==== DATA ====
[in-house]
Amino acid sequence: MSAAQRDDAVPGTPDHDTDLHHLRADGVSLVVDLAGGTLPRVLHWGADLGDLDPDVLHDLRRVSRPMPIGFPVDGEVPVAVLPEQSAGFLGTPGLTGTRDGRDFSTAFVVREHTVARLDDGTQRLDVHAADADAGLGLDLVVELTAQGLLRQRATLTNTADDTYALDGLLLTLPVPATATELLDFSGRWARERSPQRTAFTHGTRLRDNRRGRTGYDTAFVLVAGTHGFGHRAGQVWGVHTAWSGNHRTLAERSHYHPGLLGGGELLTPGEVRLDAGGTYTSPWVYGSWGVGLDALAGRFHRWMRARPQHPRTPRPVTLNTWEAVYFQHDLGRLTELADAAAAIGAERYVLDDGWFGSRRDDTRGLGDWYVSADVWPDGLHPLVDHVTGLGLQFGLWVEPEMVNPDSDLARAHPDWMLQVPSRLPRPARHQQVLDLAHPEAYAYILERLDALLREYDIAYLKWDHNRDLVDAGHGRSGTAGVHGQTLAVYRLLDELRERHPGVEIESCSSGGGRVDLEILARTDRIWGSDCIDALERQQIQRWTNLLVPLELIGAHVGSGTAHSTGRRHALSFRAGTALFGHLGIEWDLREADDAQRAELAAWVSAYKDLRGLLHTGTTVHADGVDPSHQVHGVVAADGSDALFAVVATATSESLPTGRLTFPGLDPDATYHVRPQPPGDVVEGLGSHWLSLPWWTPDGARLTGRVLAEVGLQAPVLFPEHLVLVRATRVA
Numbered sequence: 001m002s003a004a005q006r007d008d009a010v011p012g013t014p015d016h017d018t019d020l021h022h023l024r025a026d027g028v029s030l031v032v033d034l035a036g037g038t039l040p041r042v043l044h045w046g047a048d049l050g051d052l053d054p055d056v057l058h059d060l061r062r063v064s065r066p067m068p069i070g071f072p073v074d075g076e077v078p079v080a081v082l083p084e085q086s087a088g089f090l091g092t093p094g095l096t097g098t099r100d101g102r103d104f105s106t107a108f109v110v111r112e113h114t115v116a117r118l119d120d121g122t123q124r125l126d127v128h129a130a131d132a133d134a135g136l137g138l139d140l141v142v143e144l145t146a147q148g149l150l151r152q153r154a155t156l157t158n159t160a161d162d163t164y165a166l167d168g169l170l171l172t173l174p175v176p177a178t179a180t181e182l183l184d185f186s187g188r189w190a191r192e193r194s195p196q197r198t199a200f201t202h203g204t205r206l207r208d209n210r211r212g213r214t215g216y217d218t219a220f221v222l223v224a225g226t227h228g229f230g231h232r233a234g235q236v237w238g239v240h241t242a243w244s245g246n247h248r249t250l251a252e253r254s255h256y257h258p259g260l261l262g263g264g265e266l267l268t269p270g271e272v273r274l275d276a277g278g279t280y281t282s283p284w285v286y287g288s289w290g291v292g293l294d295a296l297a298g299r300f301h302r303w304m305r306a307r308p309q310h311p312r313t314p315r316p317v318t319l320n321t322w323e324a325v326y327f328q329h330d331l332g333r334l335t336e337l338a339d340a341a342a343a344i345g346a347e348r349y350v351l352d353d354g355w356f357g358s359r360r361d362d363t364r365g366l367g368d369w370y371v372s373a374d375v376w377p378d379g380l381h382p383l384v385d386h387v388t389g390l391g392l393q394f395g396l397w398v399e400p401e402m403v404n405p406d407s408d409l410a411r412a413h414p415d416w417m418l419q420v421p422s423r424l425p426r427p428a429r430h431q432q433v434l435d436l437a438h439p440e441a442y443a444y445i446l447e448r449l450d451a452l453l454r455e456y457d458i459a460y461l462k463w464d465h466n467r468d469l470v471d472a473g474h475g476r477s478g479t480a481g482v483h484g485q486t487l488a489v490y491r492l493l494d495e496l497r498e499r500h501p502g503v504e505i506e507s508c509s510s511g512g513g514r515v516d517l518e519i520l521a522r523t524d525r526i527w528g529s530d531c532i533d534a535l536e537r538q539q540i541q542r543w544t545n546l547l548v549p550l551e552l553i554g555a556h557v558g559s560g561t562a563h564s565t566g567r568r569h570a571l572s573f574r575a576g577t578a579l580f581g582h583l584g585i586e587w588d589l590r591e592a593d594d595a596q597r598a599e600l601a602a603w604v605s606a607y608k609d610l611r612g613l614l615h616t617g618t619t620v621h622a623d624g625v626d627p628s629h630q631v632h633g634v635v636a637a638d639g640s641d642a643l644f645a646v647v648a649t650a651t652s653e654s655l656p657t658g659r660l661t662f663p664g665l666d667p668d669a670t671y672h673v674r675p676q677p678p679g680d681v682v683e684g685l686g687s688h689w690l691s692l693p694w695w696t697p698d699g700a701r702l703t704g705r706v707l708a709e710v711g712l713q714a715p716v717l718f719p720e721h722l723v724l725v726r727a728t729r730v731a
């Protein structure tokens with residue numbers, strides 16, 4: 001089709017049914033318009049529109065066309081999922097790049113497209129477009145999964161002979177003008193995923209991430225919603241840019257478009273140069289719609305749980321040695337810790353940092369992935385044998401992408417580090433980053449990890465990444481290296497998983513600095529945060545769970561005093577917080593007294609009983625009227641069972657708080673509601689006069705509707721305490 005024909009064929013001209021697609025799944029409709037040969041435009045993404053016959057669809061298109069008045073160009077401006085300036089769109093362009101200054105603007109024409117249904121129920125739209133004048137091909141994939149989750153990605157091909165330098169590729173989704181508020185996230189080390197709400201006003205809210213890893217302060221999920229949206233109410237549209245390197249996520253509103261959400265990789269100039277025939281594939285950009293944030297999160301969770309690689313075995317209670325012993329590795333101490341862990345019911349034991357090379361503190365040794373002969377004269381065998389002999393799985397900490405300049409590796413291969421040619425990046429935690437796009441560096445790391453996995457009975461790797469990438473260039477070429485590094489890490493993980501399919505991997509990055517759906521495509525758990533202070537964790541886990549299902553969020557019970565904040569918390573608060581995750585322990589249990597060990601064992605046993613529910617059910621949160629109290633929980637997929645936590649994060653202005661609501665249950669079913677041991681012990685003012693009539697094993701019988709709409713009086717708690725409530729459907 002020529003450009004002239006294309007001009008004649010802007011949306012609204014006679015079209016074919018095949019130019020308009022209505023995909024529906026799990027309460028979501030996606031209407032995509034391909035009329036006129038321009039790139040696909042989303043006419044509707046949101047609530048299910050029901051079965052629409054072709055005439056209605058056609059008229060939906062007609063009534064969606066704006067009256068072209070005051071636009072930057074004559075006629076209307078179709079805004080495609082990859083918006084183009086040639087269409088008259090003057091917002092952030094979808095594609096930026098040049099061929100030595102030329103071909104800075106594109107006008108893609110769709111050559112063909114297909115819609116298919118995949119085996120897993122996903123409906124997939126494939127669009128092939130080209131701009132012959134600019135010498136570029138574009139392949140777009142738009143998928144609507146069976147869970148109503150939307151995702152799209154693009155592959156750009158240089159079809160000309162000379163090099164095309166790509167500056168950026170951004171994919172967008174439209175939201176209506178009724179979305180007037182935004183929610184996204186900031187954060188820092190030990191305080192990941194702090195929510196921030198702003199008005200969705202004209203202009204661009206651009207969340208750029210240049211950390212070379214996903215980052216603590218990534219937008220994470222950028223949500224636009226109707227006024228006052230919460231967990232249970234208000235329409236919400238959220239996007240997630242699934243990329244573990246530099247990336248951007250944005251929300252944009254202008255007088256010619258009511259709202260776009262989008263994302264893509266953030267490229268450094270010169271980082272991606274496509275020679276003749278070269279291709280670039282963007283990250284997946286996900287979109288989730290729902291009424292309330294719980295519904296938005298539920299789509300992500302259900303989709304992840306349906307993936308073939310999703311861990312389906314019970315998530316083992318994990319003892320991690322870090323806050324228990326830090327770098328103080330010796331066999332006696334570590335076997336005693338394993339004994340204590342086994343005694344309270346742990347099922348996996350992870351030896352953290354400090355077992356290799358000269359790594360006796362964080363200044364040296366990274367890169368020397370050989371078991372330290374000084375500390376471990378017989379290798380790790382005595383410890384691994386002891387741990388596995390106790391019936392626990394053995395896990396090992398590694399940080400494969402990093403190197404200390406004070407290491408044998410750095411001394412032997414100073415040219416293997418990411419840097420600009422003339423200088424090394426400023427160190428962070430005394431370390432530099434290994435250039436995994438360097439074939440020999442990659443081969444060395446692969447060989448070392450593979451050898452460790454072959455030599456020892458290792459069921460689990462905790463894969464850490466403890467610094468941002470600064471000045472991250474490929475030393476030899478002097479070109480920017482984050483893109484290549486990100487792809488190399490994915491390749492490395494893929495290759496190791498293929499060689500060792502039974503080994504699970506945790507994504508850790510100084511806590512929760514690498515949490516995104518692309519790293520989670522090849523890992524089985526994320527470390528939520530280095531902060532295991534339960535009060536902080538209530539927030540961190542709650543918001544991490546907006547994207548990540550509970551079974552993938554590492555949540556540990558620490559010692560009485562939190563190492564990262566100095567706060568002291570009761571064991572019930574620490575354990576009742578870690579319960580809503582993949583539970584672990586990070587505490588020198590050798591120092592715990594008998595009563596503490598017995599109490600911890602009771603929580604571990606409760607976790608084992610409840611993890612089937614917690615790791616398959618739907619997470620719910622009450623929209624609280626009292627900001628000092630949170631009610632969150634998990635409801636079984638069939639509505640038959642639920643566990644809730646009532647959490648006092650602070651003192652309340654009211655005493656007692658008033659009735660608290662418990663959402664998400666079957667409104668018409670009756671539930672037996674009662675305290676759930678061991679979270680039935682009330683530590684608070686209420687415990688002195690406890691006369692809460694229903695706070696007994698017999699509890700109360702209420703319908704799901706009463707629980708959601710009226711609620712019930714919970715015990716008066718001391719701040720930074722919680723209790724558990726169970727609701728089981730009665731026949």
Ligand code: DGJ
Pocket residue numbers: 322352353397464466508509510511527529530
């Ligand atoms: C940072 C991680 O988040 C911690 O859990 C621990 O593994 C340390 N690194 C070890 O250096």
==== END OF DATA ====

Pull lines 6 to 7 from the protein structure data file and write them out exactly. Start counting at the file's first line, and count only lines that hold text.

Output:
Pocket residue numbers: 322352353397464466508509510511527529530
């Ligand atoms: C940072 C991680 O988040 C911690 O859990 C621990 O593994 C340390 N690194 C070890 O250096």